Pre-2022 Reviews on Film at 11 for Friday, Dec. 31, 2021

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Fri, 12/31/2021 - 10:30am to 11:00am
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This week, Britta Gordon looks at C'mon C'mon, while Jeff Godsil revives Jimmy Cliff in The Harder they Come, and Matthew of KBOO's Gremlin Time covers The Train, with Burt Lancaster, then in the book corner a new volume on Scorsese's version of Cape Fear

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Cape Fear

Seemingly forgotten today, Martin Scorsese’s 1991 film Cape Fear was as controversial as many of his films from Taxi Driver to The Last Temptation of Christ. One of his idols, Michael Powell, some 30 years earlier, also released a controversial thriller, which in that case destroyed his career: Peeping Tom. Scorsese weathered the new controversy by having a hit film, and going on to Oscar fame with Raging Bull and The Departed.

Now in a new volume from the Devil’s Advocate series published by Liverpool University Press Rob Daniel takes on the task of defending the film from its earlier detractors, and attempts to weave the film into the profile of Scorsese‘s filmography, with the unique take that Cape Fear is really a horror film and that certain horror film tropes and styles have informed most of his films.

Cape Fear was originally the novel The Executioners, written by John D MacDonald, most famous for the Travis McGee series of color coded titled mysteries. One of America’s greatest writers, McDonald was a master of form and prose, and the book was quickly picked up by Universal for a cult thriller retitled Cape Fear, directed by J. Lee Thompson and starring Gregory Peck and Robert Mitchum in one of his many iconic older actor parts. Rob Daniel explains in the introduction that Scorsese was going to make Schindler‘s List and Spielberg was going to re-make Cape Fear until they flipped projects, with Scorsese falling under the influence of star Robert De Niro, as he often does, to pursue the narrative about toxic masculinity.

After a plot summary and a production history, in which the reader learns that De Niro spent thousands of dollars to have his teeth made crooked, then thousands more to have them fixed again,  Mr. Daniel dives into his thesis by quoting a list Scorsese once made of his favorite horror films. He analyzes the list in terms of the Gothic elements of the films, and their possible influence on some of the situations in many other Scorsese movies, even when they aren't Gothic.

Among the titles on the list are The Haunting, and The Innocents, The Uninvited, the Val Lewton produced Isle of the Dead, The Entity (Furie, 1982), The Shining, The Exorcist, Night of the Demon, directed by Jacques Tourneur, in 1957 from an M. R. James horror story, and Hitchcock’s Psycho. Among other things, Scorsese hired Saul Bass to do the credit sequence for Cape Fear, and he mimicked the style of the Psycho credit sequence he did, while at one point a character in Cape Fear disguises himself as a woman. Mr. Daniel makes a thorough case and the reader learns a lot about Scorsese from this slim volume, in which he also addresses the controversial treatment of women in the film, and gives a pretty good summary of Scorsese’s career ups and downs since Cape Fear.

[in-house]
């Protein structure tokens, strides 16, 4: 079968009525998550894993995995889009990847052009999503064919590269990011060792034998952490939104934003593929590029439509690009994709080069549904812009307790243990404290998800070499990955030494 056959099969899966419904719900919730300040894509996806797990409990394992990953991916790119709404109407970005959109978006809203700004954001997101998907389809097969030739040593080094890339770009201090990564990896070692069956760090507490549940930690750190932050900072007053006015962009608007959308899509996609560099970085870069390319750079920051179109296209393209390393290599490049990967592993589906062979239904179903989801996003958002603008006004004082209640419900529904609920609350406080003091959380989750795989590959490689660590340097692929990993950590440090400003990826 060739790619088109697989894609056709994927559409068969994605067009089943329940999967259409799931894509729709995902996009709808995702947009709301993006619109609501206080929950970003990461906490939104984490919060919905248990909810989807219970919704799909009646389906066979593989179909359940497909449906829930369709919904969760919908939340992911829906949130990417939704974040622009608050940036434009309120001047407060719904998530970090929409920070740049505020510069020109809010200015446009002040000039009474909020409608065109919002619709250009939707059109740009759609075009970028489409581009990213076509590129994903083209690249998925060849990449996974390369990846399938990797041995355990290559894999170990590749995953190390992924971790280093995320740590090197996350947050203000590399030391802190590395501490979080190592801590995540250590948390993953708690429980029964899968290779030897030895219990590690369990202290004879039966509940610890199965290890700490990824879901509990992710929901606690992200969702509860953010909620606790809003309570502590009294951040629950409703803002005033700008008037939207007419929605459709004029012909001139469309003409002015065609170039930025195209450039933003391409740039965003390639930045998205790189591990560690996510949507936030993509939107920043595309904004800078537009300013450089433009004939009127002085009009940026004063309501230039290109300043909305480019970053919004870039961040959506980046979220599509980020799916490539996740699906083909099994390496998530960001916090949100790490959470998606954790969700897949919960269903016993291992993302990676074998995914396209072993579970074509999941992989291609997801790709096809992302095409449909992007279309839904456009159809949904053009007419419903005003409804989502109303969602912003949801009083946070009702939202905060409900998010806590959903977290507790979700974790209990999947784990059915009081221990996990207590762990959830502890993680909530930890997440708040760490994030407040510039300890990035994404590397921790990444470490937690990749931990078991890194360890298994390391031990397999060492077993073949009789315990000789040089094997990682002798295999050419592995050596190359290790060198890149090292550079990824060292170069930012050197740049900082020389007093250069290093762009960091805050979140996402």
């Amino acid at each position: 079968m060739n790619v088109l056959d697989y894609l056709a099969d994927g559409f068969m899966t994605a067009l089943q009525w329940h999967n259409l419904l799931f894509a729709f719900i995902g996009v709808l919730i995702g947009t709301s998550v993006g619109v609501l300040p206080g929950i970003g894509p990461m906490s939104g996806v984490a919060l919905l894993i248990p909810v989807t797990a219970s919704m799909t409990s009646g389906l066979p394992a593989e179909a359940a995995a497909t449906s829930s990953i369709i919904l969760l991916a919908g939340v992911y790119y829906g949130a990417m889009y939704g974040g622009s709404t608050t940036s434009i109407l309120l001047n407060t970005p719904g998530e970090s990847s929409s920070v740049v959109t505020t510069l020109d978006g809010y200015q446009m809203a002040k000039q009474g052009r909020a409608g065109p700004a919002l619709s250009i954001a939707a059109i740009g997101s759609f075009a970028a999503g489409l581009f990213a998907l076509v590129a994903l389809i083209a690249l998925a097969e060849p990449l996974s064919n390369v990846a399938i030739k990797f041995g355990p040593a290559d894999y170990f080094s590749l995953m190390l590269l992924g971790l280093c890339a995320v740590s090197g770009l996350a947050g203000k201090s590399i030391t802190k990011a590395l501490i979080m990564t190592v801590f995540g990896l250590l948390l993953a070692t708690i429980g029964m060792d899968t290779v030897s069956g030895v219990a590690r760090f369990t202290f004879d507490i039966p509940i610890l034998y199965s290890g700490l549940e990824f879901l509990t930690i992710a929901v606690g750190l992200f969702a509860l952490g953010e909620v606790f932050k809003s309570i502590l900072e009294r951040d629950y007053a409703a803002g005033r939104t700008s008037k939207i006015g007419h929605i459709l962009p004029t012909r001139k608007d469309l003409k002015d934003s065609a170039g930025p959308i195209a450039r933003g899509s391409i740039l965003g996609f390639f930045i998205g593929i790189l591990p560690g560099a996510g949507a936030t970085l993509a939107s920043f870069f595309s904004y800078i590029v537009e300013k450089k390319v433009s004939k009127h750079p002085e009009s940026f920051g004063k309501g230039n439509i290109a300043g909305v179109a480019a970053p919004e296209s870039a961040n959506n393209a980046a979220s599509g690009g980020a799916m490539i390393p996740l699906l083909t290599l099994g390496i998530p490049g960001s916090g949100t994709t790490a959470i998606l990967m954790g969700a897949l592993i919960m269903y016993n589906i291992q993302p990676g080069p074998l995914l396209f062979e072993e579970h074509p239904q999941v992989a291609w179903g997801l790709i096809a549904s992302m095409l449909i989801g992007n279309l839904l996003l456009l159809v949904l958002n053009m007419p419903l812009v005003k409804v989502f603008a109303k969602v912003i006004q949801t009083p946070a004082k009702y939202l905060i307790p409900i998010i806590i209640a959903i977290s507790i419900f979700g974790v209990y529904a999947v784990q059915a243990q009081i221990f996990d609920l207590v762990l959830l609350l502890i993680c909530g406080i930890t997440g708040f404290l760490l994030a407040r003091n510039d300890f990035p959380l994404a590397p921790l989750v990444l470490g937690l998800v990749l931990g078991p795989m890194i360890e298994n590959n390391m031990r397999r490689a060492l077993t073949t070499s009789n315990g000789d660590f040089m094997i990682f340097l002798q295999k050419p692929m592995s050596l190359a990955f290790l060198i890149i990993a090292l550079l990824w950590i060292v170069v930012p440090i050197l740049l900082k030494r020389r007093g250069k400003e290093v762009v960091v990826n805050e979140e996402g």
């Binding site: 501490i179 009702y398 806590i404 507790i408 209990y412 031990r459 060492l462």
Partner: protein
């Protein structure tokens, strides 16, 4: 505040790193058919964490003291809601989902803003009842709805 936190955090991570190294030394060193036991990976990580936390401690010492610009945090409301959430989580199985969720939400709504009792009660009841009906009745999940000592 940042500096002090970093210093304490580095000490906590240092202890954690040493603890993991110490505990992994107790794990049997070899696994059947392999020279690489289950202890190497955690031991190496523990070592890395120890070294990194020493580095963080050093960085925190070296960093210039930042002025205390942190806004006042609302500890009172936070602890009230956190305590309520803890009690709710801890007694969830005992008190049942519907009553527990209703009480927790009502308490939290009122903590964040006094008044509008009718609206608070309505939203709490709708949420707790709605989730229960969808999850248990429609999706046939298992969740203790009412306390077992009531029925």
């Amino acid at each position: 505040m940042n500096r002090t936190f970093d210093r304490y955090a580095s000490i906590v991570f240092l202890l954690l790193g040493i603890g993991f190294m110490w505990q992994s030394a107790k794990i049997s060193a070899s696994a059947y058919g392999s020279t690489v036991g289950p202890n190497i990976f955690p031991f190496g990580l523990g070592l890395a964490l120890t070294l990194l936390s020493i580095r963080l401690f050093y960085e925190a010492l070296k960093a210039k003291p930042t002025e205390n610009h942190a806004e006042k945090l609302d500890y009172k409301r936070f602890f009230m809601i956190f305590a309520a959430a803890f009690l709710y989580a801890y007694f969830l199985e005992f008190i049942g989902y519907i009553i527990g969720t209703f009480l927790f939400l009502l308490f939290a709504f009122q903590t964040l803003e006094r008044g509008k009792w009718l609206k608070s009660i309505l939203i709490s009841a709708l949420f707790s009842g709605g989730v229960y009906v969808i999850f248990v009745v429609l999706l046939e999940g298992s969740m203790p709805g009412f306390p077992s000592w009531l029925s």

He concludes:

“Three decades after its release, Cape Fear seems less commercial and more Scorsese than it did in 1991. A dearth of sympathetic characters was recognizably part of the filmmaker’s M.O., as was the film’s lack of interest in being likable popcorn fare. But, there is a relentlessness to its dread unbalanced by the absence of an audience anchor akin to, for example, Clarice Starling. We have reviewed how Scorsese adapted the remake to fit his themes, and for fans of the director there is pleasure in seeing him transform a solid thriller into a tragedy of spiritual anguish and terror. Scorsese’s feature films during the noughties – Gangs of New York, The Aviator, The Departed – had an anonymity to them that made the bravura filmmaking here a reminder of his masterly use of form. Shutter Island began a return to more visually interesting work, while Hugo (2011) and The Wolf of Wall Street are vintage Scorsese in their directorial dynamism. With Silence and The Irishman, he has developed a more contemplative camera that nonetheless remains diverting.

Cape Fear is a must read for any student of Martin Scorsese.

 

 

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